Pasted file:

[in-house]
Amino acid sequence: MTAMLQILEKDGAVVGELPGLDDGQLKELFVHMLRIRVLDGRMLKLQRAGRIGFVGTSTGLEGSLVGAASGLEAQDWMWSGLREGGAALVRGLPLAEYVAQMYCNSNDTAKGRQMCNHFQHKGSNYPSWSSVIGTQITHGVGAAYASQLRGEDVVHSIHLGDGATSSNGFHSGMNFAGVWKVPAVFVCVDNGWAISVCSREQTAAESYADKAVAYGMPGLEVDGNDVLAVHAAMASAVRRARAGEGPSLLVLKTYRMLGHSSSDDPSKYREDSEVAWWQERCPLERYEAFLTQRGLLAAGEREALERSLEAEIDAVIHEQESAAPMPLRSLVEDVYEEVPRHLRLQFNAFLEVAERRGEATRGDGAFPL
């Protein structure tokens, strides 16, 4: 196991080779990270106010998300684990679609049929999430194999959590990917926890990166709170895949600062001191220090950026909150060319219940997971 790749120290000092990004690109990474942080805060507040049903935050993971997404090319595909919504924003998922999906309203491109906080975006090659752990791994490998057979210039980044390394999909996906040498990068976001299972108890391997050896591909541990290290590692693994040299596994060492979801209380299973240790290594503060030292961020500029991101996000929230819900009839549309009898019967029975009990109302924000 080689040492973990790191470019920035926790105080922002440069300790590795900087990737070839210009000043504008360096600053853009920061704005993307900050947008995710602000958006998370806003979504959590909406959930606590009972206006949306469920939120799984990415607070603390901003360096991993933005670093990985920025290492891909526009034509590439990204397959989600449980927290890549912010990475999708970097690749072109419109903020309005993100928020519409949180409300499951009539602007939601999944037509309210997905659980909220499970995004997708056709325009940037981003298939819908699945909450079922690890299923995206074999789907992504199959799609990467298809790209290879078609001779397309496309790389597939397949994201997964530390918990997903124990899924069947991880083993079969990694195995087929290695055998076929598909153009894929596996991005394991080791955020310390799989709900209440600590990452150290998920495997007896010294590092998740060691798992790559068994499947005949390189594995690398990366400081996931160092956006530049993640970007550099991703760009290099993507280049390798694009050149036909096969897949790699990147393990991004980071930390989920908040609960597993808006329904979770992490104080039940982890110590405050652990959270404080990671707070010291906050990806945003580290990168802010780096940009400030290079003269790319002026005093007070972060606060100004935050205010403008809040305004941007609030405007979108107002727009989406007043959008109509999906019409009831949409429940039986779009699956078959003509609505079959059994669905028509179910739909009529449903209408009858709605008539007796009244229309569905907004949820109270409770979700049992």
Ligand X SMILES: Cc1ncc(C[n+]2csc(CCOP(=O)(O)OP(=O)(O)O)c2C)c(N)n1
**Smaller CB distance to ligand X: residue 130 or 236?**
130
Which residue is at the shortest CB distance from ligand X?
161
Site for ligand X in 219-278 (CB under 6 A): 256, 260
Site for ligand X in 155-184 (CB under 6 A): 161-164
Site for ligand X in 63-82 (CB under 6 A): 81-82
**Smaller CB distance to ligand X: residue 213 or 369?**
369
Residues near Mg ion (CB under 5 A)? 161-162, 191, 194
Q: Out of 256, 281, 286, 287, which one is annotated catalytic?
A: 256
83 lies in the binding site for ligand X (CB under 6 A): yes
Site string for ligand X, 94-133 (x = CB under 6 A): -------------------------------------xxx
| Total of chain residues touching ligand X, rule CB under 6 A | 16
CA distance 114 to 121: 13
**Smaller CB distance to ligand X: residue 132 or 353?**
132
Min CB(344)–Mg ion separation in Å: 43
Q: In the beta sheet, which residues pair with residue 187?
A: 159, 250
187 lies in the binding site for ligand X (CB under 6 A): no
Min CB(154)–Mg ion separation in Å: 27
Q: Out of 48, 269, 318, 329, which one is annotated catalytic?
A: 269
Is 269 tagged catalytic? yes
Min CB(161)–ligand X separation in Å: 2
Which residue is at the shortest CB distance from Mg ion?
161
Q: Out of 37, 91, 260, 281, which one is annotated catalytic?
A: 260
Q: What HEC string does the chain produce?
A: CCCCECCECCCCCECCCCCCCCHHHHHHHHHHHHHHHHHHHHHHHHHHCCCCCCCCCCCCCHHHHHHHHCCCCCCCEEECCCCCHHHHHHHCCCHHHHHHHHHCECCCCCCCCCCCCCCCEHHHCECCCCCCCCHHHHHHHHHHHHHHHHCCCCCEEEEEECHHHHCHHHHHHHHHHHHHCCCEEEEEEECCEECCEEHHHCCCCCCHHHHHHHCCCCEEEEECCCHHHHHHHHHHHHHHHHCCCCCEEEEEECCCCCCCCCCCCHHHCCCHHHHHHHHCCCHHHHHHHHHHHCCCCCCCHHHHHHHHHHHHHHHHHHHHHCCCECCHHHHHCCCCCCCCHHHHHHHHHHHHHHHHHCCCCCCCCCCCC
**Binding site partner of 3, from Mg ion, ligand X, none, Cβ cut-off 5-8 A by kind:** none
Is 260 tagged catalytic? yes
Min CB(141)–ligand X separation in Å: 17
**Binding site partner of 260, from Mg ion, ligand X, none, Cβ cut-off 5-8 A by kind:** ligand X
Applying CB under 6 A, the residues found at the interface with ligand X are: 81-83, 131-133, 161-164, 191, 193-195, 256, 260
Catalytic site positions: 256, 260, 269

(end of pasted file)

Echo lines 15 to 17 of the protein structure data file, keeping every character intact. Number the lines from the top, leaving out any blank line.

Q: Out of 256, 281, 286, 287, which one is annotated catalytic?
A: 256
83 lies in the binding site for ligand X (CB under 6 A): yes